How to detect a fake ransomware letter

As the number of ransomware demands increase, users should be aware of hollow threats.

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Credit: Flickr/Nick O’Neil
Pay up?

In the 2016 Executive Application & Network Security Survey, among those who have not experienced a ransom situation, the majority say they would not pay a ransom. But among the few who have experienced a ransom attack, more than half in the U.S. did not pay. One respondent indicated that paying did not guarantee that the attacker would do their part.

So how do you know if a perpetrator actually has control of your network and is holding it hostage. Radware explains some tell-tale signs to watch out for.

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Credit: Flickr/Antana
Assess the request

The Armada Collective normally requests 20 Bitcoin (approximately $6,000 at the peak of the attacks), while other campaigns have been asking for amounts above and below this amount. Fake hackers request different amounts of money. Low Bitcoin ransom letters are most likely from fake groups who are hoping their price is low enough for someone to pay rather than seek help from professionals.

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Credit: Thinkstock
Check your network

Real hackers prove their competence by running a small attack while delivering a ransom note. If you can see a change in your network activity, the letter and the threat are probably genuine.

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Credit: Flicker/Clay Junell
Look for structure

Real hackers are well organized. Fake hackers, on the other hand, don’t link to a website. Nor do they have official social media accounts.

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Credit: Flickr/Cyril Béle
Consider other targets

Real hackers tend to attack many companies in a single sector. Fake hackers are less organized, targeting anyone and everyone in hopes of making a quick profit. Contact peers or information sharing organizations in your industry to see if there is a more widespread campaign underway.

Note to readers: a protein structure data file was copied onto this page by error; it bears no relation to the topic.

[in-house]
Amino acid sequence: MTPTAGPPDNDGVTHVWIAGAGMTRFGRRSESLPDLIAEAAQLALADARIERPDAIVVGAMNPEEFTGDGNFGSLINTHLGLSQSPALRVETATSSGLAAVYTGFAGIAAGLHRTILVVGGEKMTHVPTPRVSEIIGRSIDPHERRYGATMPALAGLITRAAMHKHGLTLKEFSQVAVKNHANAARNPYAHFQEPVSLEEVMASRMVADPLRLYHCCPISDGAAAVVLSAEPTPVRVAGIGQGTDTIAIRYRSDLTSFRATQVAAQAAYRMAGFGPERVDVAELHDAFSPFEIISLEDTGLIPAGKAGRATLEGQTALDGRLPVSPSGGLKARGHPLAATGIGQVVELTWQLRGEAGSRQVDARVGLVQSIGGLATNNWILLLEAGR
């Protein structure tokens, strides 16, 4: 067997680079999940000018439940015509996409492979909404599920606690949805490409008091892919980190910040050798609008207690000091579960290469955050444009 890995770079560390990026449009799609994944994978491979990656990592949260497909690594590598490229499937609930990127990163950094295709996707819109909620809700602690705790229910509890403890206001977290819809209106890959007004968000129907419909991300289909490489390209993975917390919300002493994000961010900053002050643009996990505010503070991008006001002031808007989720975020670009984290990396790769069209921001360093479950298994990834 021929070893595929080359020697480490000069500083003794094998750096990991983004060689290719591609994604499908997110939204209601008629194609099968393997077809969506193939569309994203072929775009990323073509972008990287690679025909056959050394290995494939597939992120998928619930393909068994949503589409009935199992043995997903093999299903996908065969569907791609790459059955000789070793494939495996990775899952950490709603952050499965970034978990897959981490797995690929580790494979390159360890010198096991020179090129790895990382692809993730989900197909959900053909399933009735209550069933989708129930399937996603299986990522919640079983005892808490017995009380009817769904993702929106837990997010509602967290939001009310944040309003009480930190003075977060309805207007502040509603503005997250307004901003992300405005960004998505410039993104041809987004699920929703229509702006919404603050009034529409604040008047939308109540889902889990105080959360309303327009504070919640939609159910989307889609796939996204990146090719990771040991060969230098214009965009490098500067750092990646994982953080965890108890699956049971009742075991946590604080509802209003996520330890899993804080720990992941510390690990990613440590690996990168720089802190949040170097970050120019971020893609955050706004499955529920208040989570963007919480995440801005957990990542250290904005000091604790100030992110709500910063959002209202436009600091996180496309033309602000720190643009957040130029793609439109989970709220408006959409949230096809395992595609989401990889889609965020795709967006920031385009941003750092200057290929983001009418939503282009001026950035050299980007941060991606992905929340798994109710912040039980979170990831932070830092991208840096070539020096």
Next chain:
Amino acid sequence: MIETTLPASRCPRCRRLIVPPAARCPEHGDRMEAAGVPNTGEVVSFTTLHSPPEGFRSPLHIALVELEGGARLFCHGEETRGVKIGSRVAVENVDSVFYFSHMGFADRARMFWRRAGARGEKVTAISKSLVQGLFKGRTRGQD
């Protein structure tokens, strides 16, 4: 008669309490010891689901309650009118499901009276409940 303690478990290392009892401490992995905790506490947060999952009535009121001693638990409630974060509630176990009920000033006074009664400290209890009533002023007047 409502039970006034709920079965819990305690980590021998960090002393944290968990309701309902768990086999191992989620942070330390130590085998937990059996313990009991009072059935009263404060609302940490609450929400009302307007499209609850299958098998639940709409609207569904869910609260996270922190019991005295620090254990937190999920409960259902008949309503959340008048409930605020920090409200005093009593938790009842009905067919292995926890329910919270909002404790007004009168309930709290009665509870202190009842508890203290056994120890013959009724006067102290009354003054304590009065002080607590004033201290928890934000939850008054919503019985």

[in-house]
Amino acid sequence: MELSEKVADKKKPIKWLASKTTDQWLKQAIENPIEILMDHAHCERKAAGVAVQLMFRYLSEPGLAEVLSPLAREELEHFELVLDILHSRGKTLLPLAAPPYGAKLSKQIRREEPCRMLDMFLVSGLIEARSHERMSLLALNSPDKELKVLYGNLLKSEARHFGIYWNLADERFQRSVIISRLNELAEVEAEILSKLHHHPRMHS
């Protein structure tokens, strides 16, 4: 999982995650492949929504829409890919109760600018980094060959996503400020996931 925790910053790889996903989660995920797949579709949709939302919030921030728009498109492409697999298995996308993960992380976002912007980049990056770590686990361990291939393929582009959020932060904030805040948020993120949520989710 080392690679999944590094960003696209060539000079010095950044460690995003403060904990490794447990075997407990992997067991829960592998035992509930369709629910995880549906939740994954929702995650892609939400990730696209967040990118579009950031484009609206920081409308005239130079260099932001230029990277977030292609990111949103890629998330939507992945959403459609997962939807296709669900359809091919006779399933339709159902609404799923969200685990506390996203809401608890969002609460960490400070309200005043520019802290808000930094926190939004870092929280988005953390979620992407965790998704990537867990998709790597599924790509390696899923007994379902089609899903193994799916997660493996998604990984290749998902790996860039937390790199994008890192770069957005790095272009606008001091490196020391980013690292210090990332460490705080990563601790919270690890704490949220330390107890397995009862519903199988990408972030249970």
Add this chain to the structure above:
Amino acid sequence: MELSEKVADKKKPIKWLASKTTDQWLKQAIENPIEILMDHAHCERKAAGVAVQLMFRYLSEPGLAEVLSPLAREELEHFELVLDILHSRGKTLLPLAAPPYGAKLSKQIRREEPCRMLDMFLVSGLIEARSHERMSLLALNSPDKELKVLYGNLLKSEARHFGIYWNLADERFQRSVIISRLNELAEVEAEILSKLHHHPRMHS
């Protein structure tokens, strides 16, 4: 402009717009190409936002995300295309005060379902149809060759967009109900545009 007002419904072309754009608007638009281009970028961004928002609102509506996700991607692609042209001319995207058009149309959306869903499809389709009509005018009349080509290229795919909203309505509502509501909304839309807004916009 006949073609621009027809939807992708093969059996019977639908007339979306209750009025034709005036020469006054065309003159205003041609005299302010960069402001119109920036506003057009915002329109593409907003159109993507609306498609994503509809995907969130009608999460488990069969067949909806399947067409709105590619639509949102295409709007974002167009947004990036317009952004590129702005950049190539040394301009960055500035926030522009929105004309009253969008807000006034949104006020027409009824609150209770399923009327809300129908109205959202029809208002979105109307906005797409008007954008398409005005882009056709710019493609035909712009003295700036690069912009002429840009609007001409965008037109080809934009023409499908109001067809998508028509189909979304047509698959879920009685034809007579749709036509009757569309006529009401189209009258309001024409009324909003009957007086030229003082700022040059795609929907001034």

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Credit: Flickr/Bill abbott
Determine domain age

Determining the age of a domain name can assist in judging the validity of a threat. Receiving a ransom note from a relatively new domain name can be a telling sign that fake hackers may be at play.

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Credit: Flickr/Emilien ETIENNE
Method of delivery

How was the ransom delivered? Most of the serious threats come via anonymous or darknet email services, but some groups like ezBTC Squad have been known to use social media to deliver their message. Real extortionists have not been known to use Gmail or other main stream services.

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Credit: Flickr/Quinn Dombrowski
Determine where the email came from

Look up the source of the email by checking its headers. This will help determine if the email came from a reputable source or not. Furthermore, you can contact the service provider and notify them about the suspicious activity.

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Credit: Flickr/Sammy0716
Determine the language

Fake ransom letters are often horrible imitations of the real notes and includes several spelling and grammatical errors.

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Credit: Flickr/Zach Copley
Check the BTC address

Google the BTC address and look it up on the blockchain. If this address is not unique or already has money in the wallet it’s likely that the letter is a fake. Extortionists will not be able to tell if you paid the ransom if it’s not unique or has money actively flowing through it.

MORE RANSOMWARE: The history of ransomware